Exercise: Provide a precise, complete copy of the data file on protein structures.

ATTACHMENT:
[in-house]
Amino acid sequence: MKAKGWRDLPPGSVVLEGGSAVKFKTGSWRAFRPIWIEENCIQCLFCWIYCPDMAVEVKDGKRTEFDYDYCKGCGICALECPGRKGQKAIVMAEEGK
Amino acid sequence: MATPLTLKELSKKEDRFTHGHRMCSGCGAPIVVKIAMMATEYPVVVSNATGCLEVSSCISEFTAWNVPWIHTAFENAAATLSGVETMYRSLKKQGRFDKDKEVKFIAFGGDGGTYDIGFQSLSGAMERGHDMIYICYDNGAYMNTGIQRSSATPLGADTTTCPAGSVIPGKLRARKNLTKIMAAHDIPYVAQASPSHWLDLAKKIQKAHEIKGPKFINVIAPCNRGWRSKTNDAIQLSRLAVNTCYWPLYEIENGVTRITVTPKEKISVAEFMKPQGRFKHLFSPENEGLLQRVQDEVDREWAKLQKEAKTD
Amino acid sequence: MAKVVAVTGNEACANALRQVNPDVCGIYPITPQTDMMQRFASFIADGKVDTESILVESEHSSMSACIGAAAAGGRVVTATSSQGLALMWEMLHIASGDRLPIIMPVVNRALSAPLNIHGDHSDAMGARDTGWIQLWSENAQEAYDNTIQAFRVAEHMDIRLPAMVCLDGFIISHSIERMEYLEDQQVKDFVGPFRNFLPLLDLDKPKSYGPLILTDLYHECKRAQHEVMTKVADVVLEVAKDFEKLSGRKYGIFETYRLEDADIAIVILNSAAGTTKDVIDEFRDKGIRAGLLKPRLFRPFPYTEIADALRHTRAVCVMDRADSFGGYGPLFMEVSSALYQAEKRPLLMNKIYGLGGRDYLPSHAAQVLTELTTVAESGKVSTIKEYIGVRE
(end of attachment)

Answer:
[in-house]
Amino acid sequence: MKAKGWRDLPPGSVVLEGGSAVKFKTGSWRAFRPIWIEENCIQCLFCWIYCPDMAVEVKDGKRTEFDYDYCKGCGICALECPGRKGQKAIVMAEEGK
Amino acid sequence: MATPLTLKELSKKEDRFTHGHRMCSGCGAPIVVKIAMMATEYPVVVSNATGCLEVSSCISEFTAWNVPWIHTAFENAAATLSGVETMYRSLKKQGRFDKDKEVKFIAFGGDGGTYDIGFQSLSGAMERGHDMIYICYDNGAYMNTGIQRSSATPLGADTTTCPAGSVIPGKLRARKNLTKIMAAHDIPYVAQASPSHWLDLAKKIQKAHEIKGPKFINVIAPCNRGWRSKTNDAIQLSRLAVNTCYWPLYEIENGVTRITVTPKEKISVAEFMKPQGRFKHLFSPENEGLLQRVQDEVDREWAKLQKEAKTD
Amino acid sequence: MAKVVAVTGNEACANALRQVNPDVCGIYPITPQTDMMQRFASFIADGKVDTESILVESEHSSMSACIGAAAAGGRVVTATSSQGLALMWEMLHIASGDRLPIIMPVVNRALSAPLNIHGDHSDAMGARDTGWIQLWSENAQEAYDNTIQAFRVAEHMDIRLPAMVCLDGFIISHSIERMEYLEDQQVKDFVGPFRNFLPLLDLDKPKSYGPLILTDLYHECKRAQHEVMTKVADVVLEVAKDFEKLSGRKYGIFETYRLEDADIAIVILNSAAGTTKDVIDEFRDKGIRAGLLKPRLFRPFPYTEIADALRHTRAVCVMDRADSFGGYGPLFMEVSSALYQAEKRPLLMNKIYGLGGRDYLPSHAAQVLTELTTVAESGKVSTIKEYIGVRE